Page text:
From the files of futurologist Al Ewing:
Fury Boogie

Originally released in March of 2014, ‘Do The Fury Boogie’ was the standout track on the Awesome Toys’ ‘difficult’ second album, How Dare You Say You Love Me When You’ve Taken The Only Parachute,which divided the fans on the issue of whether or not it was rubbish and, indeed, whether there weren’t more important things the band could have been doing, like being with their loved ones. It’s a mysterious song – Geberhart sings from the point of view of an albatross whom lonely mariners have taught to dance by the expedient of tying heavy mechanical parts to the tips of its wings, an odd little conceit that somehow works when Geberhart relays it in his croaking, ruptured monotone. It’s what Yellow Submarine might have sounded like had it been performed by a snail. The high point comes as the weights melt from the sheer hateful intensity of the titular boogie, but the albatross does not fly – instead:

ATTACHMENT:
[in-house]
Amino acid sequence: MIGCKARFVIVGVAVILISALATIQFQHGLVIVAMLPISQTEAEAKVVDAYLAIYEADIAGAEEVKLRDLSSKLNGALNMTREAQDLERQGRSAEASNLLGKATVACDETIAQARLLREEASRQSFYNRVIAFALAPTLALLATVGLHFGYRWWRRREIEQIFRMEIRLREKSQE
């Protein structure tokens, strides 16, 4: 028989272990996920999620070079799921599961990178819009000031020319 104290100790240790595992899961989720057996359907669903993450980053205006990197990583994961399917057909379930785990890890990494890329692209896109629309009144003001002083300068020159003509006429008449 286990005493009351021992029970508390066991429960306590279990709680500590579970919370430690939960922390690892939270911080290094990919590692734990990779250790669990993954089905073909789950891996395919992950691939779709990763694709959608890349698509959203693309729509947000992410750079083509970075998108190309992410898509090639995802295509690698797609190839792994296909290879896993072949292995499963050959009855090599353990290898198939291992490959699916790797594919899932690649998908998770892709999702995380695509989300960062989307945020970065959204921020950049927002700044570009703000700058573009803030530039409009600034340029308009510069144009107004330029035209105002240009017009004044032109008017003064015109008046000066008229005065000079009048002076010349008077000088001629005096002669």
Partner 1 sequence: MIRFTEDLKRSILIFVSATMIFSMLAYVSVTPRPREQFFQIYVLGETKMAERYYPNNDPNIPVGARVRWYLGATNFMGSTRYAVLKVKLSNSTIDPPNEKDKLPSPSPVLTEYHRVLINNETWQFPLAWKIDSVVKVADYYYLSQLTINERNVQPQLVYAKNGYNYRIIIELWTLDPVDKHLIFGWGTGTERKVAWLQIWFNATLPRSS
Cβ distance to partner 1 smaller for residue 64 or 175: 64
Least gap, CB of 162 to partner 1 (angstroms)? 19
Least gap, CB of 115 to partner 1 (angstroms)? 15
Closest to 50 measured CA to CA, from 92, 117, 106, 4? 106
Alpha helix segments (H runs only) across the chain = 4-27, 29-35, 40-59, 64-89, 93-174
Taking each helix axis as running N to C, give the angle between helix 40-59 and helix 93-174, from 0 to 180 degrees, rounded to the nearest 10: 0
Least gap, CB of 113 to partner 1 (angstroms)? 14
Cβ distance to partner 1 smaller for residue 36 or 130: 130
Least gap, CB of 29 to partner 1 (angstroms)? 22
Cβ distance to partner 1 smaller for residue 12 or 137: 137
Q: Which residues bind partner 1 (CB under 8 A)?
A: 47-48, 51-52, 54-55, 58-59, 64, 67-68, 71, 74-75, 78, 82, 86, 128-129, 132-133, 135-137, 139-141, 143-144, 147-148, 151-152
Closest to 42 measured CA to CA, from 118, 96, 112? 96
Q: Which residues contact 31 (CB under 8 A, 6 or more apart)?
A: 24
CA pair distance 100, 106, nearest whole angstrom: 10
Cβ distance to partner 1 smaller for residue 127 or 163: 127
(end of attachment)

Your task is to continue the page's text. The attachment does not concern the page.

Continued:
Rather than take to the air
I vomit in despair
into your hair
so there

It’s that moment of tragedy that defines the song and to a large extent the band – it’s hard to listen to that kind of pure heartbreak without shedding a tear, although most people were in a crying mood back then, for obvious reasons. Which makes it all the more strange that – when the news broke that we were actually in for a near miss – ‘Fury Boogie’ suddenly became a euphoric dancefloor smash, retooled by The Neptunes for the summer as a high-gloss bosh-mambo freakout, with Ken Geberhart’s original haunted tones, like the lowing of a dead cow, replaced by Kylie in what would be her last performance. There were lots of songs that summed up the Spring of Fear and the Summer of Joy, but this was the only song that did both. It’s a snapshot of history and history in its own right – for that alone it deserves to be in anybody’s top tracks of all time.